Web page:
Big, if true: Abu Bakr al-Baghdadi may be dead. On Saturday, the Iraqi air force bombed a house in western Iraq where senior ISIS leadership was believed to be meeting. Baghdadi is believed to have been there, but the Iraqi government has not included his name on a list of 13 confirmed kills in the strike. So, probably he’s not dead. But he could die at any time! Him and, you know, all the rest of us.

The Iraqi military says its assets are all in place to begin the attack on western Mosul, but it’s ISIS that still seems to be on the offensive right now, attacking Iraqi forces to the west and south of Mosul and continuing to try to carry out asymmetrical attacks in the eastern side of the city.

Still, a lot of attention is understandably starting to be directed at post-Mosul Iraq, and the challenges it will have to overcome. For example, Iraq’s Turkmen community, riven by sectarianism and effectively split in two by ISIS, is going to have some hard times ahead if it wants to knit itself together into a viable political bloc. Food security, already a challenge in Iraq under the best of circumstances, is going to be a major problem now that large parts of the country’s best farmland have been damaged by war and left to go fallow. Baghdad’s inter-Shiʿa politics are once again fracturing, with Muqtada al-Sadr on one side, former Prime Minister Nouri al-Maliki on the other, and current PM Haider al-Abadi caught in the middle. And then there’s the United States, which doesn’t look like all that great an ally these days thanks to the attempted immigration ban, and whose support may now actually be a political detriment for Abadi.


Benjamin Netanyahu is heading to Washington for his first meeting with President Trump on Wednesday, and I think it’s safe to say there’s more uncertainty right now in the US-Israel relationship than there was even during the height of the Obama-Netanyahu personal beef. Part of that is Trump’s fault, for waffling on his plan to move the US embassy to Jerusalem and taking every position possible on Israeli settlements. But part of it also has to do with Netanyahu, who is both emboldened by Trump and boxed in by the fact that his ultra-right wing government is also really feeling its oats with Trump in office. Here’s an example of what I mean:

Israeli Prime Minister Benjamin Netanyahu sidestepped a question on whether he still supports the creation of a Palestinian state as he left for the United States on Monday on his first visit since President Donald Trump took office.

Netanyahu has never publicly abandoned his conditional backing for Palestinian statehood, which he first stated in 2009, but Palestinians say that commitment has been rendered worthless by Israeli settlement building on occupied land.

Hours before Netanyahu’s departure for Washington, Public Security Minister Gilad Erdan told Army Radio that “all members of the security cabinet, and foremost the prime minister, oppose a Palestinian state”. The forum convened on Sunday ahead of Wednesday’s White House meeting between Netanyahu and Trump.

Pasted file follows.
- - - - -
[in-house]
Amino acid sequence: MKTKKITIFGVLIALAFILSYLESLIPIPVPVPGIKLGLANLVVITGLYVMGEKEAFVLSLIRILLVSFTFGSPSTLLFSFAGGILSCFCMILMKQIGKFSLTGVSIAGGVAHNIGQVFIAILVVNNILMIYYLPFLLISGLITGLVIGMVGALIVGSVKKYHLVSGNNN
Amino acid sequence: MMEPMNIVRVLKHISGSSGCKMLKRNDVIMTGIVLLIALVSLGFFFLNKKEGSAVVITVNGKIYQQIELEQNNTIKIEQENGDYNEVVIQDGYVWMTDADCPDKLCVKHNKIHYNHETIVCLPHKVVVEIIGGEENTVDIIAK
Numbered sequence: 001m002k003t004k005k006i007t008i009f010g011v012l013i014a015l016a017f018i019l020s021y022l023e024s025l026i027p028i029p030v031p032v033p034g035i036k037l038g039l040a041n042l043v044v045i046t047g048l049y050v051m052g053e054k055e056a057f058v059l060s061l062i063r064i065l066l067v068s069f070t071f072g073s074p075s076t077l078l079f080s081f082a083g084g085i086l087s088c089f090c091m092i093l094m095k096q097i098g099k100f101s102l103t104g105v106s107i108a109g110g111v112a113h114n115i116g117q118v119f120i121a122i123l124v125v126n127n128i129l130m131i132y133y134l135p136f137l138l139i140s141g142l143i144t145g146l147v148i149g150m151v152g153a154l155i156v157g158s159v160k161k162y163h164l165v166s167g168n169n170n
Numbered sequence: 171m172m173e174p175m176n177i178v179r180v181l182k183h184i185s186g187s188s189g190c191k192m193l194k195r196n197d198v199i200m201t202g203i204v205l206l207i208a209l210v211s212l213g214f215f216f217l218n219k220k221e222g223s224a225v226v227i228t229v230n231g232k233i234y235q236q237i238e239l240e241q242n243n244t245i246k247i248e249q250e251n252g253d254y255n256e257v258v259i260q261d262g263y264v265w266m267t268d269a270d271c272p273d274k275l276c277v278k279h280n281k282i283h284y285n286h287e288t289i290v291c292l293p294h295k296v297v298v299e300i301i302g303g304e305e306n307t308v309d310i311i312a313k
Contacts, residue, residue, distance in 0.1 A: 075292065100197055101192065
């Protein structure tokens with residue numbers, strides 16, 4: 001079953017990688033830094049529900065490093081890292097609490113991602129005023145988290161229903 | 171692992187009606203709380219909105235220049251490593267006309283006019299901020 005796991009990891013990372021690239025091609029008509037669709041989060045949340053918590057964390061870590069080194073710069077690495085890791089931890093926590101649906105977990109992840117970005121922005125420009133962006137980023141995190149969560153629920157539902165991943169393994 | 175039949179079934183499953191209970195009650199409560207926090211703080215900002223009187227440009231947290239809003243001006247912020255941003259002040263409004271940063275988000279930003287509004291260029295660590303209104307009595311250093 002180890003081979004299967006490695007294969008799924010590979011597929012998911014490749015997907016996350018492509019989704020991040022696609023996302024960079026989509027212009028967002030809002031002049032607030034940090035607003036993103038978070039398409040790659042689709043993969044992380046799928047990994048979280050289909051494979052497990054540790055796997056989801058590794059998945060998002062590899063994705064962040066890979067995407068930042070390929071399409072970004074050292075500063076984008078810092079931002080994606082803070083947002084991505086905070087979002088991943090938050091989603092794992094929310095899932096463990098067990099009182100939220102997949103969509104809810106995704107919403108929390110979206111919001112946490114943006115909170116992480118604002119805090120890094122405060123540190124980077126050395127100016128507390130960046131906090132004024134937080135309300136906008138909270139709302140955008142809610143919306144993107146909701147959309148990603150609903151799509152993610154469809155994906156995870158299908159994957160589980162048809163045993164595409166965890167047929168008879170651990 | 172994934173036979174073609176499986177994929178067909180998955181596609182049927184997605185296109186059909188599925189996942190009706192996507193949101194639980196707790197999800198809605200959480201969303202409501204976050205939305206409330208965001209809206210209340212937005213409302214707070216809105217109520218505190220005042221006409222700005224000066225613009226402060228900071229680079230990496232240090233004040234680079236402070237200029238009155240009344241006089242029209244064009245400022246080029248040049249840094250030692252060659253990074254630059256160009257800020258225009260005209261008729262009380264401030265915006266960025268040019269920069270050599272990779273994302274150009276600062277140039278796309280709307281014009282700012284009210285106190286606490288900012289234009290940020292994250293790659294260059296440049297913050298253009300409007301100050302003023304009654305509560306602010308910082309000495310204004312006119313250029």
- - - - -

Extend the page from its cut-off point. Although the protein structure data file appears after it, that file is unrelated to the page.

On the Tel Aviv airport tarmac, Netanyahu was asked if he still stood behind the so-called two-state solution. “Come with me, you’ll hear very clear answers,” he told reporters accompanying him on the flight.

Now, there’s no evidence apart from some empty past rhetoric to suggest that Netanyahu wants to do anything with the Palestinians apart from ethnically cleansing them from the West Bank. But he’s being backed into admitting that by his cabinet, which sees Trump’s election as the end of the need to pretend to care about a two-state peace deal and which is still fragile enough that a single party’s defection, if Netanyahu doesn’t toe the hard-right line, could bring the government down. And Netanyahu would really rather not pull back the curtain, because while Trump might not care, there are a lot of other important international actors who still need to hold on to that two-state fiction, and they’ll be pretty pissed if Netanyahu finally crushes it.

Today in You’re Not Helping, Hamas named Yehiya Sinwar as its new leader in Gaza, replacing Ismail Haniyeh, who seems poised to succeed Khaled Mashal as the group’s overall leader. Sinwar is extreme even within the context of Hamas senior leadership and was one of the founders of the group’s armed wing, the Izz ad-Din al-Qassam Brigades. Basically he’s the kind of guy you promote if you want Netanyahu’s constant complaint that Israel has “no partner for peace” to actually have some substance to it.


This doesn’t have anything to do with conflict, but I don’t really care. A new effort is underway using state-of-the-art radar to search for a hidden side chamber in King Tut’s tomb. There are theories that the side chamber, if it exists, could be the tomb of Queen Nefertiti, who was one of the wives of Tutankhamun’s father, Akhenaten, but the more important consideration is that the chamber–again assuming there is one–has probably been untouched by tomb robbers, so the find could really be amazing.


Shockingly, totalitarian dictator Gurbanguly Berdymukhamedov won reelection with 98 percent of the vote. Ah, democracy.


A suicide bomber struck a protest over prescription drug laws (I’m assuming it was a target of opportunity) in the city of Lahore today, killing 13 people and wounding more than 80. Jamaat-ul-Ahrar, a Pakistani Taliban and/or ISIS-aligned group previously responsible for major attacks in Lahore and Quetta, claimed responsibility.

Human Rights Watch claims that Pakistani authorities are abusing Afghan refugees in an effort to force them to return home. Pakistan has been hosting about 1.5 million registered Afghan refugees, but over 1/5 of them returned to Afghanistan over the second half of 2016. As far as I know, Pakistan is not a signatory to the 1951 Convention on Refugees, which means its obligations toward those refugees under international law (which is really voluntary to begin with) are not clear. But forcing refugees to return to a conflict zone–which Afghanistan undeniably is–is obviously counter to international refugee law (and basic human decency) in general.